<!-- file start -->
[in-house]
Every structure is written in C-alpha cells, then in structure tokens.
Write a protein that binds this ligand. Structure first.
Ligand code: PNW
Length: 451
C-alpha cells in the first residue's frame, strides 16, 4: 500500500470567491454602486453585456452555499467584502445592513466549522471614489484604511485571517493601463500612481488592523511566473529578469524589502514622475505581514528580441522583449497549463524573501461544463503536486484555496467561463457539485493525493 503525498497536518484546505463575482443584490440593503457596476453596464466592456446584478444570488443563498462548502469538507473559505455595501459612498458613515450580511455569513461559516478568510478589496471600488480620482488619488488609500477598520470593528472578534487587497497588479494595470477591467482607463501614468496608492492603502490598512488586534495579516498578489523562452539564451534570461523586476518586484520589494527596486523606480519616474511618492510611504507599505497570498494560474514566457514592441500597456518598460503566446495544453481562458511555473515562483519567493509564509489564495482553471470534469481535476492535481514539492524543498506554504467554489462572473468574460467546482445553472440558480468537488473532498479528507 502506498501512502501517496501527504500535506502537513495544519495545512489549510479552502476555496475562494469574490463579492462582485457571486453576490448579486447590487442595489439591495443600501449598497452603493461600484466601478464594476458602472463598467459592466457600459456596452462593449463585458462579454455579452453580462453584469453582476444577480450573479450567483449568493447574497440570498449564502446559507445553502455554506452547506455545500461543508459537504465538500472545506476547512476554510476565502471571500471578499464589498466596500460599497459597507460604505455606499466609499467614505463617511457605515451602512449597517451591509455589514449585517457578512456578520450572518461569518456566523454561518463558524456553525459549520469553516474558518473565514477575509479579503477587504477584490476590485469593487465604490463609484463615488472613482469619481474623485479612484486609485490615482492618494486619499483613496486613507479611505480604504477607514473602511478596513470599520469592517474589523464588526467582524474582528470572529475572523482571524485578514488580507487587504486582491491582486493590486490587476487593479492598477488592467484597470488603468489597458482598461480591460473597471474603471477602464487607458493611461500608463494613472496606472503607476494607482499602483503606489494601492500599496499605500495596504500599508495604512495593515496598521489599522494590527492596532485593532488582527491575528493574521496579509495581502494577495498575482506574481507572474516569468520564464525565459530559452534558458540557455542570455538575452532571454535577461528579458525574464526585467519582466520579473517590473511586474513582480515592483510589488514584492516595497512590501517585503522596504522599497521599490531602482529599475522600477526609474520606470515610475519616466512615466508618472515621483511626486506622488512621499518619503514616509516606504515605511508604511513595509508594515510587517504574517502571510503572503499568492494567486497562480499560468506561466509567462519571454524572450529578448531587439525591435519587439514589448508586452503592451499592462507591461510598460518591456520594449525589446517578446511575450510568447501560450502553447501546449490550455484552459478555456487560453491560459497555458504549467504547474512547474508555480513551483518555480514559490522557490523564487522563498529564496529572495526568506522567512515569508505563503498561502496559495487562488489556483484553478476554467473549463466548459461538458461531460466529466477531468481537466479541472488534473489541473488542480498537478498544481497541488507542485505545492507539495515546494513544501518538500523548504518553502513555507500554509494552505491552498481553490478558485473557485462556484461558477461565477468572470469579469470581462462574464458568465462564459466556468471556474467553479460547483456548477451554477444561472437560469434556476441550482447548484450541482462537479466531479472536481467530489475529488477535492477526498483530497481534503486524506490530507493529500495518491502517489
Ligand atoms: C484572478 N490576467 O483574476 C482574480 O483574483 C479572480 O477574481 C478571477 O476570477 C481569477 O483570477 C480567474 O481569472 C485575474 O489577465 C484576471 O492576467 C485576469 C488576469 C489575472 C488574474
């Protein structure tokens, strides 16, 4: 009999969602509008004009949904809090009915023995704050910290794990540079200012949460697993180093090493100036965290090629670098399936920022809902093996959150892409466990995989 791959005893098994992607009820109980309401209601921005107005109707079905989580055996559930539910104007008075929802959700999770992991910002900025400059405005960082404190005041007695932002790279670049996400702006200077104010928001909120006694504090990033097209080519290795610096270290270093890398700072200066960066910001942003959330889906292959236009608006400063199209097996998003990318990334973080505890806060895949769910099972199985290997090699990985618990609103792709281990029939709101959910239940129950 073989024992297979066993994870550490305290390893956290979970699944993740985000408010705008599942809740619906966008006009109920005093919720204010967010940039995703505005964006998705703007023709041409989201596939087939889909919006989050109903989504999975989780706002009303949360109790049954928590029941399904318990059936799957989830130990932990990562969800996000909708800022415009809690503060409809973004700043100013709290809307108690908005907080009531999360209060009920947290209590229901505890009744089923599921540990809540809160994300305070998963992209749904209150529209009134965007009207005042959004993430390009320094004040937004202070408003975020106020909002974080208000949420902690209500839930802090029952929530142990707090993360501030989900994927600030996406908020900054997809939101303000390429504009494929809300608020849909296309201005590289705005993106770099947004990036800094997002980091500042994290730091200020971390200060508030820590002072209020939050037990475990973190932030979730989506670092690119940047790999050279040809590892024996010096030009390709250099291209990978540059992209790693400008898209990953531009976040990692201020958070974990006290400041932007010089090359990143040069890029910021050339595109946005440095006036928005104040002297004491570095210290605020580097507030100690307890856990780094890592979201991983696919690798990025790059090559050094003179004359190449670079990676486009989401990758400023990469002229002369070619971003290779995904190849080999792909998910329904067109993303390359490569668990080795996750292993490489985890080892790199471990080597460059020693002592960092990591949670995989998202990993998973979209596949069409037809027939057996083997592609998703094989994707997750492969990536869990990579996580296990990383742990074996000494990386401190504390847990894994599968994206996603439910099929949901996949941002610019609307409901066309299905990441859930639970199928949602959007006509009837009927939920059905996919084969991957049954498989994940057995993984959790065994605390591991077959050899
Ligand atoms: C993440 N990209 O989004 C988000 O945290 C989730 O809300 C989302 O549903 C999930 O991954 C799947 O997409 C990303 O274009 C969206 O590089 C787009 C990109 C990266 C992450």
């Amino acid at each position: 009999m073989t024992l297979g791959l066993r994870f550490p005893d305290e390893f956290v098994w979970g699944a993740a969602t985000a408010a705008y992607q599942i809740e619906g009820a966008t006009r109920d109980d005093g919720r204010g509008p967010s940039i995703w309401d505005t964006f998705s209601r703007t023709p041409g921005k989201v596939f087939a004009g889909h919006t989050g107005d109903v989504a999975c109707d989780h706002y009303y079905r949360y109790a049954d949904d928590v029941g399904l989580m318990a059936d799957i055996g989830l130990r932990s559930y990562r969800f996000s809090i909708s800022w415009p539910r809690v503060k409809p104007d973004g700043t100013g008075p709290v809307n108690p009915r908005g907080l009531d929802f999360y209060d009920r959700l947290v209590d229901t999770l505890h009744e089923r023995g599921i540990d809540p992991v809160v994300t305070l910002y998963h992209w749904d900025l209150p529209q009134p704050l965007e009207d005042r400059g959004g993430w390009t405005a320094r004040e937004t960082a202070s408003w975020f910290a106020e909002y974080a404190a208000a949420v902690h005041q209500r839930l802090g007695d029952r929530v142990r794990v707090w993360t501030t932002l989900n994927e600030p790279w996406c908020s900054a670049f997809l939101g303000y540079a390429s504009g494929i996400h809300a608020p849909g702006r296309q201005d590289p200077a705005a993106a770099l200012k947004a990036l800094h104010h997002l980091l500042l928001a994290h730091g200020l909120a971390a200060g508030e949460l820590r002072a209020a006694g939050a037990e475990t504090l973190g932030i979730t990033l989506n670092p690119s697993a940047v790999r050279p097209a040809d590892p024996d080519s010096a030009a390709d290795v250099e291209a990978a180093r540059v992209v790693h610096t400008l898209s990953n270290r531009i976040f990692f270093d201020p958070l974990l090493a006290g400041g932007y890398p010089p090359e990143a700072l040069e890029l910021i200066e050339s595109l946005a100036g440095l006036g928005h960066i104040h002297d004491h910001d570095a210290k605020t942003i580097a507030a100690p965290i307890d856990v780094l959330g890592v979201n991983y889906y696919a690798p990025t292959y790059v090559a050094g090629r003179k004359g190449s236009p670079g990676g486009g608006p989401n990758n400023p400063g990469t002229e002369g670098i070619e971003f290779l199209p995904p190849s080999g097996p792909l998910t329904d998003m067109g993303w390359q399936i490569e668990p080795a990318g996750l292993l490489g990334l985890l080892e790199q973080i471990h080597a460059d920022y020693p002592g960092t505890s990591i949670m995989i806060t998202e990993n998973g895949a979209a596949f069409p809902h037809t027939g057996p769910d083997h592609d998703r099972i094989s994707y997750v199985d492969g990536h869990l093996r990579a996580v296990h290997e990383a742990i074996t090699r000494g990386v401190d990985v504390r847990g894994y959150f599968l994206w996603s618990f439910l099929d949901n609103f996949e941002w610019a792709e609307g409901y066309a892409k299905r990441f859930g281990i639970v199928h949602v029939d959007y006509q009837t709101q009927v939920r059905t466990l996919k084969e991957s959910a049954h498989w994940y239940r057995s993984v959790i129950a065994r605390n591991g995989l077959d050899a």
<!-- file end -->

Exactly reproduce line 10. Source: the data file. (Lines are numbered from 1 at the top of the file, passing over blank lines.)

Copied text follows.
């Amino acid at each position: 009999m073989t024992l297979g791959l066993r994870f550490p005893d305290e390893f956290v098994w979970g699944a993740a969602t985000a408010a705008y992607q599942i809740e619906g009820a966008t006009r109920d109980d005093g919720r204010g509008p967010s940039i995703w309401d505005t964006f998705s209601r703007t023709p041409g921005k989201v596939f087939a004009g889909h919006t989050g107005d109903v989504a999975c109707d989780h706002y009303y079905r949360y109790a049954d949904d928590v029941g399904l989580m318990a059936d799957i055996g989830l130990r932990s559930y990562r969800f996000s809090i909708s800022w415009p539910r809690v503060k409809p104007d973004g700043t100013g008075p709290v809307n108690p009915r908005g907080l009531d929802f999360y209060d009920r959700l947290v209590d229901t999770l505890h009744e089923r023995g599921i540990d809540p992991v809160v994300t305070l910002y998963h992209w749904d900025l209150p529209q009134p704050l965007e009207d005042r400059g959004g993430w390009t405005a320094r004040e937004t960082a202070s408003w975020f910290a106020e909002y974080a404190a208000a949420v902690h005041q209500r839930l802090g007695d029952r929530v142990r794990v707090w993360t501030t932002l989900n994927e600030p790279w996406c908020s900054a670049f997809l939101g303000y540079a390429s504009g494929i996400h809300a608020p849909g702006r296309q201005d590289p200077a705005a993106a770099l200012k947004a990036l800094h104010h997002l980091l500042l928001a994290h730091g200020l909120a971390a200060g508030e949460l820590r002072a209020a006694g939050a037990e475990t504090l973190g932030i979730t990033l989506n670092p690119s697993a940047v790999r050279p097209a040809d590892p024996d080519s010096a030009a390709d290795v250099e291209a990978a180093r540059v992209v790693h610096t400008l898209s990953n270290r531009i976040f990692f270093d201020p958070l974990l090493a006290g400041g932007y890398p010089p090359e990143a700072l040069e890029l910021i200066e050339s595109l946005a100036g440095l006036g928005h960066i104040h002297d004491h910001d570095a210290k605020t942003i580097a507030a100690p965290i307890d856990v780094l959330g890592v979201n991983y889906y696919a690798p990025t292959y790059v090559a050094g090629r003179k004359g190449s236009p670079g990676g486009g608006p989401n990758n400023p400063g990469t002229e002369g670098i070619e971003f290779l199209p995904p190849s080999g097996p792909l998910t329904d998003m067109g993303w390359q399936i490569e668990p080795a990318g996750l292993l490489g990334l985890l080892e790199q973080i471990h080597a460059d920022y020693p002592g960092t505890s990591i949670m995989i806060t998202e990993n998973g895949a979209a596949f069409p809902h037809t027939g057996p769910d083997h592609d998703r099972i094989s994707y997750v199985d492969g990536h869990l093996r990579a996580v296990h290997e990383a742990i074996t090699r000494g990386v401190d990985v504390r847990g894994y959150f599968l994206w996603s618990f439910l099929d949901n609103f996949e941002w610019a792709e609307g409901y066309a892409k299905r990441f859930g281990i639970v199928h949602v029939d959007y006509q009837t709101q009927v939920r059905t466990l996919k084969e991957s959910a049954h498989w994940y239940r057995s993984v959790i129950a065994r605390n591991g995989l077959d050899a």